By Corinne Wnek
Com*mence*ment (ke-mens’ment) n. A Beginning or Start
As a high school counselor, I have been to more than my fair share of graduations. Each one pretty much follows the same format. Yet, because each graduating class really does have a ‘personality,’ the student and teacher vibe at the ceremony can conjure up lots of emotion, from bear hugs, tears and good wishes to comments such as “I’m glad I’m outta here!” and “We’re glad they’re outta here!” Still, it is amazing how many people think of graduation as an ‘end’. They would do well to read the dictionary, which defines ‘graduation’ as a beginning.
This is worth remembering, especially for students who may have felt invisible among their classmates. The idea that ‘graduating’ means everybody gets a new beginning, allows students to evaluate the past four years and then decide how to make changes during the next stage of their life. It means that no one is a finished product at age eighteen, or in senior year or at graduation. Not even all those award winners.
That’s the irony of high school. You think you’re done, but you’re only just beginning. A good keynote speaker would say that to a class so that no one should rest on their laurels and no one loses hope for a better future. Graduation is a major milestone in life. It is a visible sign that society is achieving in the present and working toward the future. It brings generations of families together.
So graduates, this next part is for you. Are you ready to move on? I don’t mean to suggest that maybe you’re not done with high school or even college. But are you really ready to take the next step in your independence? That means you have to handle the responsibility that comes along with your new adulthood. Are you ready to handle money wisely? Can you say ‘no’ when you really don’t want to do something or go someplace? Can you prioritize your responsibilities and work toward goals you have set for yourself? Are you willing to try something new and worry about failing at it?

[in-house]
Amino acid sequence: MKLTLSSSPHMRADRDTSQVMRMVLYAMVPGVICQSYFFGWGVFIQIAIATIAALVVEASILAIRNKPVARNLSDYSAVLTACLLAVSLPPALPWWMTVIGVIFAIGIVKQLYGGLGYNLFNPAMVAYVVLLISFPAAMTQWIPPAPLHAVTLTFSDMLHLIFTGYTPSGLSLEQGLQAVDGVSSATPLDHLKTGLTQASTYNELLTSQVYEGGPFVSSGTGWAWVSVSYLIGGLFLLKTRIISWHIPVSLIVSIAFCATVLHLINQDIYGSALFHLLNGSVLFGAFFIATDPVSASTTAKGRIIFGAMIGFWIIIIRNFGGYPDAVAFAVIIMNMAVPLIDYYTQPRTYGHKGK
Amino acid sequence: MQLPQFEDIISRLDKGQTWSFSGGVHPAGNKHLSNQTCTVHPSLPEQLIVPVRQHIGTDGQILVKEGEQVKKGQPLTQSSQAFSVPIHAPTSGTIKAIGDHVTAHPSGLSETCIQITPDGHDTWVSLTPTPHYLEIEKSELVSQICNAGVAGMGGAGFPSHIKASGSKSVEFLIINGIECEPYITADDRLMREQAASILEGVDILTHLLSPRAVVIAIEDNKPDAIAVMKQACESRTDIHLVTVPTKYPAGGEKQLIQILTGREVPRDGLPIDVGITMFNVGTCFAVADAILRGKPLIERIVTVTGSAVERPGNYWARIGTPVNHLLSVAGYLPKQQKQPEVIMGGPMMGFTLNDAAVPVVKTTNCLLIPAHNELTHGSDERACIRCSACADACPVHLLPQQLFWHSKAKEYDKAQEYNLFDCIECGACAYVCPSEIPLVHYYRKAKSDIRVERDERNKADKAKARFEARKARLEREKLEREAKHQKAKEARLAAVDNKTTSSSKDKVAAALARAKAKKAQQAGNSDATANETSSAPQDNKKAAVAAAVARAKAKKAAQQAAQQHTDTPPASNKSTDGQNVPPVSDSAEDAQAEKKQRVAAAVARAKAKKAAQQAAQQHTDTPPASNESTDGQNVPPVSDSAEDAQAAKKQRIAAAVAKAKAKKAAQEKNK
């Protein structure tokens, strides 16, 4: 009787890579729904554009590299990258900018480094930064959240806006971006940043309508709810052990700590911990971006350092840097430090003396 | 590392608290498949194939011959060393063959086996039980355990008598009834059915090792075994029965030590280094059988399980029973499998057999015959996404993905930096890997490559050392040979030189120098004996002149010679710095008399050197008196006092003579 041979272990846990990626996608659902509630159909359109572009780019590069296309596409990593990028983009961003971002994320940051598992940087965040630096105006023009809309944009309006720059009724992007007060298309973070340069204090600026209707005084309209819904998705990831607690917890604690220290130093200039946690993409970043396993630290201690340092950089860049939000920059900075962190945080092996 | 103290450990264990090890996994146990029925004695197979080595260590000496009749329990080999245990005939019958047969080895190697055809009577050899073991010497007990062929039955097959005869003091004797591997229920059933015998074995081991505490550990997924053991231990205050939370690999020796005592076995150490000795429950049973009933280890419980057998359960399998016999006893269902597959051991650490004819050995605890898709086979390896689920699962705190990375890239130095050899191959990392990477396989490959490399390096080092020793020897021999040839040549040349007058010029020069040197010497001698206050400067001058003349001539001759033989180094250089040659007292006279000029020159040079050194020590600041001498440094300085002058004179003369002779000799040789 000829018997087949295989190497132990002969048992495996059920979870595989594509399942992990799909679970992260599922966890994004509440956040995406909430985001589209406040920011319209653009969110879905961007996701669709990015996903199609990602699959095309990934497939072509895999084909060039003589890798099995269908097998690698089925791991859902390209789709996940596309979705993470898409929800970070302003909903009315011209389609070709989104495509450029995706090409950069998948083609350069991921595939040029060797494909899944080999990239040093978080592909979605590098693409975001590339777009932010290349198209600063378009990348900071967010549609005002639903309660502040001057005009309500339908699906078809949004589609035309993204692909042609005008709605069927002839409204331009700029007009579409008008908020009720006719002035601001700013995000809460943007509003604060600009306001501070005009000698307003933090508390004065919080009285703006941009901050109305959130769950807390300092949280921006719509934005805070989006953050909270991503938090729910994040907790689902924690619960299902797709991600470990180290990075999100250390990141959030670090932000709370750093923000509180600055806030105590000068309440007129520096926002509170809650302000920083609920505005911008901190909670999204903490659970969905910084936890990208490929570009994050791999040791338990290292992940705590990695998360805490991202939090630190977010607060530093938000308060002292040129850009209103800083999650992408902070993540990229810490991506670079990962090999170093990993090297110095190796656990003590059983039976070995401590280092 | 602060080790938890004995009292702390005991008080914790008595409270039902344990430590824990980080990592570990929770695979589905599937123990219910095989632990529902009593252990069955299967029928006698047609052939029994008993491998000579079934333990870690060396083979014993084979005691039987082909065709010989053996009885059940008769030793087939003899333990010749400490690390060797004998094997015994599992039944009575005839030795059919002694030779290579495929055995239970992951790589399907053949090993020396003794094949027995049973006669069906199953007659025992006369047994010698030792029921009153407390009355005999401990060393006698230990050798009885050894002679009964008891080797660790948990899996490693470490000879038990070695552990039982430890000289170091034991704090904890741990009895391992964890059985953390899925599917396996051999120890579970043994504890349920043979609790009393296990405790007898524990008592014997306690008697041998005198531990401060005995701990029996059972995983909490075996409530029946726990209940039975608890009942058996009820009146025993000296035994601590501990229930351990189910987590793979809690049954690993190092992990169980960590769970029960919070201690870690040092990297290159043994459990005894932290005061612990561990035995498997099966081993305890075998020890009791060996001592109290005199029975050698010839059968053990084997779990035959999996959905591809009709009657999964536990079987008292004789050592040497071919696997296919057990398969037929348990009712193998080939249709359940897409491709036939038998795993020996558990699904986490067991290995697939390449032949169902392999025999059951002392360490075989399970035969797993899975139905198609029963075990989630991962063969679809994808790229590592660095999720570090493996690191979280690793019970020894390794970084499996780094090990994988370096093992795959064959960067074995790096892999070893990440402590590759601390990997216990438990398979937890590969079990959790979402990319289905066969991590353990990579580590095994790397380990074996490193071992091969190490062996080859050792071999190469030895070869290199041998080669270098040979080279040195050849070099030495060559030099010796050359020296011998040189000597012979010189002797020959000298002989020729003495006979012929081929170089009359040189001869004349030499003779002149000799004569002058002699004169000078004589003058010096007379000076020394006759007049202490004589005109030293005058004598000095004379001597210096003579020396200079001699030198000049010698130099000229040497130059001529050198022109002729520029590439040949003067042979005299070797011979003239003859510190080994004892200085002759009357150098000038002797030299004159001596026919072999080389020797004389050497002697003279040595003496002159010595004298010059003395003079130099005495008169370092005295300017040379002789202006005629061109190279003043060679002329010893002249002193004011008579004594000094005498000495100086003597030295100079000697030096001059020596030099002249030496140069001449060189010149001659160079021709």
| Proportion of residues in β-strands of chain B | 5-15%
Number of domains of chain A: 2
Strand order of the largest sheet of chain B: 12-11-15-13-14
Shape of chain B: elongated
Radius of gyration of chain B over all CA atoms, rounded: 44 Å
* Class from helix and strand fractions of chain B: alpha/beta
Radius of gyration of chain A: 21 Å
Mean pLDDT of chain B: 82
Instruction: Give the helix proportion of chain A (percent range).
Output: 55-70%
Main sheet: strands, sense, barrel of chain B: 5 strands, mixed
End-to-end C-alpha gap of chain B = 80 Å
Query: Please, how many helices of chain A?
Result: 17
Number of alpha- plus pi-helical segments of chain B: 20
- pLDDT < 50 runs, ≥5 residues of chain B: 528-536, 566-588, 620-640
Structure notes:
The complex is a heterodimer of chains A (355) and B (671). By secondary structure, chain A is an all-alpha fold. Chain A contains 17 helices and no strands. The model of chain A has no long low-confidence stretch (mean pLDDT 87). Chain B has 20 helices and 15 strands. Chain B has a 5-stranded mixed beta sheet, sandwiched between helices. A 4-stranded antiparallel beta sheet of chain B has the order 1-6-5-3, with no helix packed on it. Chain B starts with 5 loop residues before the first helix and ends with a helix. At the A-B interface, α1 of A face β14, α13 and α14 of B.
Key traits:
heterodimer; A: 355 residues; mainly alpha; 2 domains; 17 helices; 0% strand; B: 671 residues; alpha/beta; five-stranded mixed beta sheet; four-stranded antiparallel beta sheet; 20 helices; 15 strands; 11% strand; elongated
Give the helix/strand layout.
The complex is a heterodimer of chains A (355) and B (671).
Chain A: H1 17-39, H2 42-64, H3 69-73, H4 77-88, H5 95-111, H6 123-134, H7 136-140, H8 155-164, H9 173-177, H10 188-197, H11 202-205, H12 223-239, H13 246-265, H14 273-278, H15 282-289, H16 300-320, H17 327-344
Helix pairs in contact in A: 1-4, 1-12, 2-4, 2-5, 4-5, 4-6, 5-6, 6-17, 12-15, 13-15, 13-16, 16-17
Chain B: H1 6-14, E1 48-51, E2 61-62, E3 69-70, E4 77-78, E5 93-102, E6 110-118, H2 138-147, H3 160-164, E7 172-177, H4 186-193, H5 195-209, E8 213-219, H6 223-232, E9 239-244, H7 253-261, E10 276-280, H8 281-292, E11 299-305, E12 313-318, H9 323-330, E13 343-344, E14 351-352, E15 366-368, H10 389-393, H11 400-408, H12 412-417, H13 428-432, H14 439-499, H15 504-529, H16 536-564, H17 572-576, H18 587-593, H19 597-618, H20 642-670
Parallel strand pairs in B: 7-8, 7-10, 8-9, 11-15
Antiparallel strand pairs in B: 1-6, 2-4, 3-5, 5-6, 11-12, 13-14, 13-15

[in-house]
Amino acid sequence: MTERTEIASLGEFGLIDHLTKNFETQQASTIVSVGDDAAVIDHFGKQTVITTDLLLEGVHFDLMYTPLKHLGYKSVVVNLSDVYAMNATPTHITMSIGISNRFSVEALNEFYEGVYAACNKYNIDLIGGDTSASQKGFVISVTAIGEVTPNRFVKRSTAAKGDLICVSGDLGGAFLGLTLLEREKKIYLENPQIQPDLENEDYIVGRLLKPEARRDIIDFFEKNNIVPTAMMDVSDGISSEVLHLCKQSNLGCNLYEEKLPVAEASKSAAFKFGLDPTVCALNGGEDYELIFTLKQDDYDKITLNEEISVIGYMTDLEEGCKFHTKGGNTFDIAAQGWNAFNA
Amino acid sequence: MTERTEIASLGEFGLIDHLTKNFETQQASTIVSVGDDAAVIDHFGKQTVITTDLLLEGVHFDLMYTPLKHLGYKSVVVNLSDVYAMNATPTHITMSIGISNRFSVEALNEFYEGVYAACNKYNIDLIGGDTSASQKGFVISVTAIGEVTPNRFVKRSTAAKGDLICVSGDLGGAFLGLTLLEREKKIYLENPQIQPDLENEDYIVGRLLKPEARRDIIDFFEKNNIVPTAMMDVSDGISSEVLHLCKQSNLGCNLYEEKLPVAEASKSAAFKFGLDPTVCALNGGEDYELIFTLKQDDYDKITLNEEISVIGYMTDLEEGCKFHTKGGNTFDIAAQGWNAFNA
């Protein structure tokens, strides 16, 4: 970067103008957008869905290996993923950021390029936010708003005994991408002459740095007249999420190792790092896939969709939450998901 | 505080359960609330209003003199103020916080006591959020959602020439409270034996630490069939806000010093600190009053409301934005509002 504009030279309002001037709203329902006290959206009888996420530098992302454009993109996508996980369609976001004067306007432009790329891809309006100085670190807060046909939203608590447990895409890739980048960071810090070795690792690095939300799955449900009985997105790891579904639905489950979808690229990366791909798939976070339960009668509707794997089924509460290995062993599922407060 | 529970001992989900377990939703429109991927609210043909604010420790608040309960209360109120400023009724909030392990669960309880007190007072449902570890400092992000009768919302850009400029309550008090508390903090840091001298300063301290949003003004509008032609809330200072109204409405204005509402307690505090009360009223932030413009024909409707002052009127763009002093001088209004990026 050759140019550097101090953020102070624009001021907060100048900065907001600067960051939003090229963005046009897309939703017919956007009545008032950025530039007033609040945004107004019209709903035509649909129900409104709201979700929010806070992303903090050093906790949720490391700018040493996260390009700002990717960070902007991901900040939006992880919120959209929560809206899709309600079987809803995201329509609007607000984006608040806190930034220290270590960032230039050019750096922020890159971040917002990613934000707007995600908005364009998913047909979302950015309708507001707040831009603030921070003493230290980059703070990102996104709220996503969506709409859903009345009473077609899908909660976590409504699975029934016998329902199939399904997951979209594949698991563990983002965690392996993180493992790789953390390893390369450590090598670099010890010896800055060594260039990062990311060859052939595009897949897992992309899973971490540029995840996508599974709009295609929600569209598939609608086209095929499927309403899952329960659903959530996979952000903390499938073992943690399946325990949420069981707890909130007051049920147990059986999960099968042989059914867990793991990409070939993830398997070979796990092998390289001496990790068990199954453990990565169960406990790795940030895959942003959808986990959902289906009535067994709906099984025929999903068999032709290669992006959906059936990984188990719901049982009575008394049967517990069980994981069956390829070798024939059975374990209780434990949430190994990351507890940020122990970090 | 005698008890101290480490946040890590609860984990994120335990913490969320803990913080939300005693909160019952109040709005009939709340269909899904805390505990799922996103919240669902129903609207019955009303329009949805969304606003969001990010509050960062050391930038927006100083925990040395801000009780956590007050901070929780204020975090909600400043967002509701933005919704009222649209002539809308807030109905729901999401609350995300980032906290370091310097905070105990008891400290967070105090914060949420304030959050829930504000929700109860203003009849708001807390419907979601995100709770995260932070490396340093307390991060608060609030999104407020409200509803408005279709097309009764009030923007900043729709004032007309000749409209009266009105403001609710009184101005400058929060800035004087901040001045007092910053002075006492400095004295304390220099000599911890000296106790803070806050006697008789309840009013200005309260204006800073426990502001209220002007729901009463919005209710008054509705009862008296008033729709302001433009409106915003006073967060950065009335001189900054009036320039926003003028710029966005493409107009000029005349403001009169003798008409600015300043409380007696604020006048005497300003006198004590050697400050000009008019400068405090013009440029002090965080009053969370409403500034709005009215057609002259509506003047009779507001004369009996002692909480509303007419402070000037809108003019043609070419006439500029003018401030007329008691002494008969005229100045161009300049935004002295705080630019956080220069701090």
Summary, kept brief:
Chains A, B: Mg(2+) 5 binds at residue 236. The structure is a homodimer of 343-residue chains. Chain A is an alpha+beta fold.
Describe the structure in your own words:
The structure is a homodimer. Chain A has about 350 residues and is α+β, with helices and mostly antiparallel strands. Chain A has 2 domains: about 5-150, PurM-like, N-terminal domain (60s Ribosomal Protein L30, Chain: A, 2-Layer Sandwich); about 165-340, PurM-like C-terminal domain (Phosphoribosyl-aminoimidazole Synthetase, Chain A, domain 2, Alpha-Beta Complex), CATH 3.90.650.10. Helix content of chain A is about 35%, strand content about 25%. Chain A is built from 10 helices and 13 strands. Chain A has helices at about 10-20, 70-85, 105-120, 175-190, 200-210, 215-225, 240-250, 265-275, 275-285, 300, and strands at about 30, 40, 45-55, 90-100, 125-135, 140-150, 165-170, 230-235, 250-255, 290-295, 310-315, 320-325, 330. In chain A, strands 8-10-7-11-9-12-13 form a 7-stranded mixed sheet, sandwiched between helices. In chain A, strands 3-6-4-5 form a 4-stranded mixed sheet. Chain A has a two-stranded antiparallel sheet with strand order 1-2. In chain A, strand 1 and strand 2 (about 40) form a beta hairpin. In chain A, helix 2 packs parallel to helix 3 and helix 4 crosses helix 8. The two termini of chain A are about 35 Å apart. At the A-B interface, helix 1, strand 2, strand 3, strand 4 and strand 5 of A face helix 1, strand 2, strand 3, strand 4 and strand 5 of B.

Can you ask for what you need and say ‘thank you’ when you get it? Do you really know how to talk to people with a sincere interest in their life because you have come to realize that you are not the center of the universe? Can you appreciate differences in people, in their culture, their language, their age, their religion and their dress? Can you forgive when you are hurt because you know that all of us, at one time or another, disappoints someone? Can you pick yourself up when you are feeling down because you know that everyone goes through rough times?
Parents, there is just one thing for you to remember as you celebrate your child’s graduation from middle school, high school or college, and that is, the Chinese philosophy of lasting gifts to our children, roots and wings; roots, for our children to always remember where they came from and all the people who helped them along the way, and wings, for the courage to find their destiny, wherever that may take them.
Congratulations to the families and students in the Class of 2011! You did it!
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